Dodson's did not keep records of their transactions with the Defendant or with Thornton. However, Sergeant Minter obtained the cancelled checks written by Thornton for scrap metal purchased from Dodson's as well as a spreadsheet, prepared by Thornton, documenting the transactions in which Dodson's had sold bushling to Thornton. In total, the spreadsheets indicated that Thornton had paid Dodson's $1, 830, 216.56 for bushling. An additional spreadsheet, covering August 1, 2012, through August 9, 2012, showed that Thornton had paid Dodson's $37, 901.70 for bushling.[4] Sergeant Minter's investigation revealed that Thornton was paying comparatively fair market value for the bushling. He also confirmed that Dodson's was Thornton's sole supplier of bushling, and Dodson's only received bushling from the Defendant.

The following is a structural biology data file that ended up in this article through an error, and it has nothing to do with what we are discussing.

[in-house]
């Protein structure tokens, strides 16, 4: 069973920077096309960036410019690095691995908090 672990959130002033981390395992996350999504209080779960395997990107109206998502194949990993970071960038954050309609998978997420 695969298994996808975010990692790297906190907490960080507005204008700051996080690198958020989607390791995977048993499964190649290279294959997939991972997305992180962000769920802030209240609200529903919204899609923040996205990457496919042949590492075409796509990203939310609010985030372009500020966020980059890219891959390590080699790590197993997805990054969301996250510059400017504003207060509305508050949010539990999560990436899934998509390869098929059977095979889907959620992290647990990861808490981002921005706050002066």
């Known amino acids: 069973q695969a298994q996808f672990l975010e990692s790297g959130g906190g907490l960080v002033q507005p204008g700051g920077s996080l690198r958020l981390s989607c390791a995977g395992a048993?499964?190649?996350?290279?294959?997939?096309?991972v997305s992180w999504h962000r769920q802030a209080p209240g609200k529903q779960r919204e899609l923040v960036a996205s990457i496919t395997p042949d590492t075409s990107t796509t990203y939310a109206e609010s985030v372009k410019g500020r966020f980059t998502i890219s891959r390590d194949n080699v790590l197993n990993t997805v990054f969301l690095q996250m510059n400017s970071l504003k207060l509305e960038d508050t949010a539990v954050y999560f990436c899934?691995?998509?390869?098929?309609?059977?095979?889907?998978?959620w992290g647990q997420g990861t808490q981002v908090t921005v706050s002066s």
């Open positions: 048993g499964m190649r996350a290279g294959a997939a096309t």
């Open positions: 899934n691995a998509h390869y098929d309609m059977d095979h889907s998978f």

As part of his investigation, Sergeant Minter interviewed the Defendant on August 13, 2012. During that interview, the Defendant voluntarily admitted his involvement in the scheme and explained how it worked. The Defendant also admitted that the scheme was his idea and that he was "the mastermind." He explained that he split the money paid by Thornton equally with Dodson's. Then, from the money he received in the transaction, the Defendant would pay $50-$100 to security guards at the various scrap yards and a "small piece" to Mr. Alto for their participation in the scheme. The Defendant would also put some additional gasoline into the SCS truck so that it would not be apparent that he drove the truck off route to reach Dodson's in Whitewell.